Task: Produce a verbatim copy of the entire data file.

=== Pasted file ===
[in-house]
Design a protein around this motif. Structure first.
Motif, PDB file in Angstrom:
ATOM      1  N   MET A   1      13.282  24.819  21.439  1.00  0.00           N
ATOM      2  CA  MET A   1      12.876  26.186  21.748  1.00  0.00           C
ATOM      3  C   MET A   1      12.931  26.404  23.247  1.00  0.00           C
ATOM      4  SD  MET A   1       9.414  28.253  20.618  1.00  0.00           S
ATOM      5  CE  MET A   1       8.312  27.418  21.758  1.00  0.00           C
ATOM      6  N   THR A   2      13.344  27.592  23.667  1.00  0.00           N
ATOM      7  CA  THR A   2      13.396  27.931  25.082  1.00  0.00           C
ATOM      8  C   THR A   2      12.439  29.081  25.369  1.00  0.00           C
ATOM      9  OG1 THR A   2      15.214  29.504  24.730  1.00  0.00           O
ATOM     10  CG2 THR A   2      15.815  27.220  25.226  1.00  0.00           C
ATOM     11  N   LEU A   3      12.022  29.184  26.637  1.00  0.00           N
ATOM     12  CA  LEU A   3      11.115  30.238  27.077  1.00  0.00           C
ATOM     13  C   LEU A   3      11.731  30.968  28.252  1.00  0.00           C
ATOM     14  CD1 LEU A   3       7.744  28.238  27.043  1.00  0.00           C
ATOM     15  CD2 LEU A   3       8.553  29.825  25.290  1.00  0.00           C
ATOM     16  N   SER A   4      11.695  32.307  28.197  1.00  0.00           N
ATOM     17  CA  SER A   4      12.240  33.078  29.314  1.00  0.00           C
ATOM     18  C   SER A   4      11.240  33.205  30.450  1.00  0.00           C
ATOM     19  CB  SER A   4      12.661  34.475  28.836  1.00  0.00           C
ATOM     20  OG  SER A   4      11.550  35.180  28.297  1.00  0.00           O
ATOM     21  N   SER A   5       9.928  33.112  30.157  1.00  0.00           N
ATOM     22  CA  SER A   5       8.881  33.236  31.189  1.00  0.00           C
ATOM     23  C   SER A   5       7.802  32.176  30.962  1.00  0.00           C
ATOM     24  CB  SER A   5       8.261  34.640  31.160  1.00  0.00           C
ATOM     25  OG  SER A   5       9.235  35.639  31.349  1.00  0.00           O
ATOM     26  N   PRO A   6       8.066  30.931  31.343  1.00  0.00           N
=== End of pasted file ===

[in-house]
Design a protein around this motif. Structure first.
Motif, PDB file in Angstrom:
ATOM      1  N   MET A   1      13.282  24.819  21.439  1.00  0.00           N
ATOM      2  CA  MET A   1      12.876  26.186  21.748  1.00  0.00           C
ATOM      3  C   MET A   1      12.931  26.404  23.247  1.00  0.00           C
ATOM      4  SD  MET A   1       9.414  28.253  20.618  1.00  0.00           S
ATOM      5  CE  MET A   1       8.312  27.418  21.758  1.00  0.00           C
ATOM      6  N   THR A   2      13.344  27.592  23.667  1.00  0.00           N
ATOM      7  CA  THR A   2      13.396  27.931  25.082  1.00  0.00           C
ATOM      8  C   THR A   2      12.439  29.081  25.369  1.00  0.00           C
ATOM      9  OG1 THR A   2      15.214  29.504  24.730  1.00  0.00           O
ATOM     10  CG2 THR A   2      15.815  27.220  25.226  1.00  0.00           C
ATOM     11  N   LEU A   3      12.022  29.184  26.637  1.00  0.00           N
ATOM     12  CA  LEU A   3      11.115  30.238  27.077  1.00  0.00           C
ATOM     13  C   LEU A   3      11.731  30.968  28.252  1.00  0.00           C
ATOM     14  CD1 LEU A   3       7.744  28.238  27.043  1.00  0.00           C
ATOM     15  CD2 LEU A   3       8.553  29.825  25.290  1.00  0.00           C
ATOM     16  N   SER A   4      11.695  32.307  28.197  1.00  0.00           N
ATOM     17  CA  SER A   4      12.240  33.078  29.314  1.00  0.00           C
ATOM     18  C   SER A   4      11.240  33.205  30.450  1.00  0.00           C
ATOM     19  CB  SER A   4      12.661  34.475  28.836  1.00  0.00           C
ATOM     20  OG  SER A   4      11.550  35.180  28.297  1.00  0.00           O
ATOM     21  N   SER A   5       9.928  33.112  30.157  1.00  0.00           N
ATOM     22  CA  SER A   5       8.881  33.236  31.189  1.00  0.00           C
ATOM     23  C   SER A   5       7.802  32.176  30.962  1.00  0.00           C
ATOM     24  CB  SER A   5       8.261  34.640  31.160  1.00  0.00           C
ATOM     25  OG  SER A   5       9.235  35.639  31.349  1.00  0.00           O
ATOM     26  N   PRO A   6       8.066  30.931  31.343  1.00  0.00           N